Forum for Research into Ice Shelf Processes (FRISP) Expert Group



A Brief History of FRISP

FRISP was established in 1983 as the “Filchner‐Ronne Ice Shelf Programme”, a subcommittee of the SCAR Working Group on Glaciology, with the aim of stimulating and coordinating glaciological research on the Filchner‐Ronne Ice Shelf. An initial report summarised the work that had been done to date and plans for the future, with contributions from representatives of Argentina, Germany, Norway, UK, USA and USSR. Initially the German field programme was the most active, being centred on the Filchner Station that had been established on the ice shelf in the 1981/82 summer season. The first science workshop, hosted by the Alfred‐Wegener‐Institute in Bremerhaven, Germany, on 11‐12 October 1984, and the subsequent Report No. 2, summarised the early findings of the German programme. A second international workshop, held on 4‐5 June 1986 at Scott Polar Research Institute in Cambridge, UK, included delegates from Germany, Norway and the UK, and set the pattern for the coming years. Workshop locations rotated around the three main nations undertaking fieldwork on Filchner‐Ronne Ice Shelf and in the broader southern and eastern Weddell Sea region. They comprised presentations of recent field results and the sharing of plans for fieldwork in the coming seasons, enabling the scope for logistical cooperation to be explored. Short summaries of the presentations and discussions were documented in a series of reports, produced by the Alfred‐Wegener‐Institute.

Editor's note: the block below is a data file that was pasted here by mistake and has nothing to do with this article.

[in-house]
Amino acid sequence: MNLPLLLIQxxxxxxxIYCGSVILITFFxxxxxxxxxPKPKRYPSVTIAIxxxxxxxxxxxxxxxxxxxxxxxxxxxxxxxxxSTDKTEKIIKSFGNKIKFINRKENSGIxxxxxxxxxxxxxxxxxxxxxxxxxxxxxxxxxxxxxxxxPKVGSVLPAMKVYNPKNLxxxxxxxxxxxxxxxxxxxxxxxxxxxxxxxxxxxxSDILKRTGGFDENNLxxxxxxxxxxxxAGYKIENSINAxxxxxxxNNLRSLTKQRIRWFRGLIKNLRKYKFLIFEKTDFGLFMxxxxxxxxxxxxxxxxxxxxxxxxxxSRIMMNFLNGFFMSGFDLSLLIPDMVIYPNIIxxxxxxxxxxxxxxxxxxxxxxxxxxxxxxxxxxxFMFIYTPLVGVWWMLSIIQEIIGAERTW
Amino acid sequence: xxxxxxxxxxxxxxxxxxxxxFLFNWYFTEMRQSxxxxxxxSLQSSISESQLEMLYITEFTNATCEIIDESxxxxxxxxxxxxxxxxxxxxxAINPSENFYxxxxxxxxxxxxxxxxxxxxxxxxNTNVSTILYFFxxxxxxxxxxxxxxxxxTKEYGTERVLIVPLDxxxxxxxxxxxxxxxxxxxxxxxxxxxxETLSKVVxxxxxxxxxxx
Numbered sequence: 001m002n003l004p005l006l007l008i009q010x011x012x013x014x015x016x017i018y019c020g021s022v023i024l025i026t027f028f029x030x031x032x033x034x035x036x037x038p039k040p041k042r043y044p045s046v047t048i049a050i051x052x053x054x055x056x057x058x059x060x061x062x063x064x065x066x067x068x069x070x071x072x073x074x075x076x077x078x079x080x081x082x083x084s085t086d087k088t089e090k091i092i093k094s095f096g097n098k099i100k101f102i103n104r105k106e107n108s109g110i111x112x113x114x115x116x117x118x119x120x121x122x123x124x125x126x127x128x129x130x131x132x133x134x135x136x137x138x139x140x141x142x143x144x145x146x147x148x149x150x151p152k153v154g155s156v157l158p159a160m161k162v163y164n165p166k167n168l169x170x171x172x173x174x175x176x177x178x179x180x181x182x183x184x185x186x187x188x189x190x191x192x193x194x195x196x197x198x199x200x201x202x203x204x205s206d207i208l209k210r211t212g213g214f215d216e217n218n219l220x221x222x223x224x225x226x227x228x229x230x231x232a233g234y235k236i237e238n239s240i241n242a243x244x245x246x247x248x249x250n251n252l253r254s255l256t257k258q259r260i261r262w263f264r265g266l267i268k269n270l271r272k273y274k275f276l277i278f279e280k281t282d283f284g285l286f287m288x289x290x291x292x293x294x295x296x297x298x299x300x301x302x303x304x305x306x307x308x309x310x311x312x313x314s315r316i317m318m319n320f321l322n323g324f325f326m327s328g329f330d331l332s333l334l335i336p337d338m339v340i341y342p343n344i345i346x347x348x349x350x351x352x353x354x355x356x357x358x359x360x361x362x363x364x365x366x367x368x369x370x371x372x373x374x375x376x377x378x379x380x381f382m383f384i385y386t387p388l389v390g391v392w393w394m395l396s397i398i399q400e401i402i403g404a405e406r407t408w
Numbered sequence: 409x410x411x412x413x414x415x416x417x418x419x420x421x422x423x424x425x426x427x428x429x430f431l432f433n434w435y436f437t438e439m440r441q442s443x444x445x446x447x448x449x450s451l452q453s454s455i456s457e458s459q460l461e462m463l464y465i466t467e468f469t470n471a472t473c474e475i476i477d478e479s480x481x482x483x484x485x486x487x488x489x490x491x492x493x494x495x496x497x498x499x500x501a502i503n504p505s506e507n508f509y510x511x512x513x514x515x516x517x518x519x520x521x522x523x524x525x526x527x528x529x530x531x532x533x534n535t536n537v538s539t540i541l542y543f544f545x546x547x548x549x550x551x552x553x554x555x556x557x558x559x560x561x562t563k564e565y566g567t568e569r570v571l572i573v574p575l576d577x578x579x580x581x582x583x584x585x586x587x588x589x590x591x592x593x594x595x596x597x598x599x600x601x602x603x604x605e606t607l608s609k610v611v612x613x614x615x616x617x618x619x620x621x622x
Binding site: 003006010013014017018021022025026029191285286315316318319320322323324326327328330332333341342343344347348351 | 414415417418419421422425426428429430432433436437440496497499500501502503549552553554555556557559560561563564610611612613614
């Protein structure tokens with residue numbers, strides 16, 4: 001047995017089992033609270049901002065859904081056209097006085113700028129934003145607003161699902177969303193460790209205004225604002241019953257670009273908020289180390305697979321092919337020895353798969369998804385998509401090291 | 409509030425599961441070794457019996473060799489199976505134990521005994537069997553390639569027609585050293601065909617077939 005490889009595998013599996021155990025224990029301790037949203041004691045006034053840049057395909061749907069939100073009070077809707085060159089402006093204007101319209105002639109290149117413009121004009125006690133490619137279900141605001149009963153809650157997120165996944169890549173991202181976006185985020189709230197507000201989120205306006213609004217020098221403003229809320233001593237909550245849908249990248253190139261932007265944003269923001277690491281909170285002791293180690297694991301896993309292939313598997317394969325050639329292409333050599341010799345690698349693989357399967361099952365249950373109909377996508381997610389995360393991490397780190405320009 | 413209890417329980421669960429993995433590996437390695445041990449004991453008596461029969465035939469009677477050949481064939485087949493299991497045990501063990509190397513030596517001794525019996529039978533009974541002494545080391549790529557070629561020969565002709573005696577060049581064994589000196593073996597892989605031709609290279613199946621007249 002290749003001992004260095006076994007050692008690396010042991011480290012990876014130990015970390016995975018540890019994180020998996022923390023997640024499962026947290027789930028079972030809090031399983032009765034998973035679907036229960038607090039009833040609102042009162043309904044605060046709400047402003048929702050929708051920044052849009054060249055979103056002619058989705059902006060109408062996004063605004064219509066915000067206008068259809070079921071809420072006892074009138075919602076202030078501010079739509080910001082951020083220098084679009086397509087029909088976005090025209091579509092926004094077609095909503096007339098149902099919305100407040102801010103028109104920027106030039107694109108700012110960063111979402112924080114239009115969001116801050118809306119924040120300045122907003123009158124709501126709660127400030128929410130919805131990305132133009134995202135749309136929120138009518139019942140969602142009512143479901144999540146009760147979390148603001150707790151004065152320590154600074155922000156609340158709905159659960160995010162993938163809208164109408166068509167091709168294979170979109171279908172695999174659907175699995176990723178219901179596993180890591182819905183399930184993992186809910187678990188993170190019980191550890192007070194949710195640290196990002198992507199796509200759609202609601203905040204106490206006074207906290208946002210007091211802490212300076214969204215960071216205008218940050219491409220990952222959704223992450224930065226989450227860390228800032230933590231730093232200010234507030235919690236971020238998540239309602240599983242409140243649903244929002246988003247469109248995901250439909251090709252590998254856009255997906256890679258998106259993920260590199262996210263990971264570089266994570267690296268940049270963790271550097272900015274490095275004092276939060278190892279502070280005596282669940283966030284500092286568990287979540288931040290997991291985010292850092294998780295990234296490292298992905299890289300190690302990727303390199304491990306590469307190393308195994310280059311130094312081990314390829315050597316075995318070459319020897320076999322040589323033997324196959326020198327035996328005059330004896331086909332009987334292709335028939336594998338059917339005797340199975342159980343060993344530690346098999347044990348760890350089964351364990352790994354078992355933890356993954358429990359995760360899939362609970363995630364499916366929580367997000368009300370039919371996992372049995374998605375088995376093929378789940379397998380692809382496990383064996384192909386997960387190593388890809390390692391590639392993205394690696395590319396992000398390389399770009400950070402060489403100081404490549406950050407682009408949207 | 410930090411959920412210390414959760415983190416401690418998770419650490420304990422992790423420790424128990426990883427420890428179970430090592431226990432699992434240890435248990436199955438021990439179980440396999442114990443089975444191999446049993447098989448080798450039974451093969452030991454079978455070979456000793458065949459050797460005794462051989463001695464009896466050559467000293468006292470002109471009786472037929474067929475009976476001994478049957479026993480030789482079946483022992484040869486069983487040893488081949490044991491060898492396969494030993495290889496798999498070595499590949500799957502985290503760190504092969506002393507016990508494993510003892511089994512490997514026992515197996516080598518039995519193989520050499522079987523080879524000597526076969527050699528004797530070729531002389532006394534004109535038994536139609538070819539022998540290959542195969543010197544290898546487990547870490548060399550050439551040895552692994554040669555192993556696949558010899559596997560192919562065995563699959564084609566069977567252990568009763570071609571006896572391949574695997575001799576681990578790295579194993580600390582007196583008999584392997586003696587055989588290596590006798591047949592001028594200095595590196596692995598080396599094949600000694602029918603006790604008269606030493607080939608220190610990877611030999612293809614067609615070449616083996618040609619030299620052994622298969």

Through the late 1980s and the 1990s FRISP remained active with well‐attended workshops and an expansion of the geographical spread both of the scientific activities reported and of the affiliations of the attendees. Most workshops attracted around 30 delegates, but numbers peaked at around 50, and participants were drawn from not just the three core nations but also from Austria, Belgium, Chile, Finland, the Netherlands, Sweden and the USA. The report series also continued, with the contributions tending towards preliminary papers rather than the extended abstracts and data reports of earlier volumes. Nevertheless, by the time of the 14th Workshop, held at Madingley Hall, Cambridge, on 15‐16 June 1999, there was a recognition that the name no longer fitted the organisation. The activities of the core nations were no longer so focussed on the Filchner‐Ronne Ice Shelf, and the calving of iceberg A‐38 the previous October, carrying Filchner Station with it, brought a symbolic end to an era of German field activity there. However, there was unanimous agreement that the workshops were of great value and that FRISP had become a well‐known moniker for activities that now had a scientific focus on ice‐shelfocean interactions at their core, rather than the earlier geographical focus. Of particular value was the fact that FRISP had long been a forum for inter‐disciplinary discussions among specialists from the fields of glaciology and oceanography that were conventionally seen as having little common ground. A decision was therefore taken to rename FRISP as the “Forum for Research into Ice Shelf Processes”.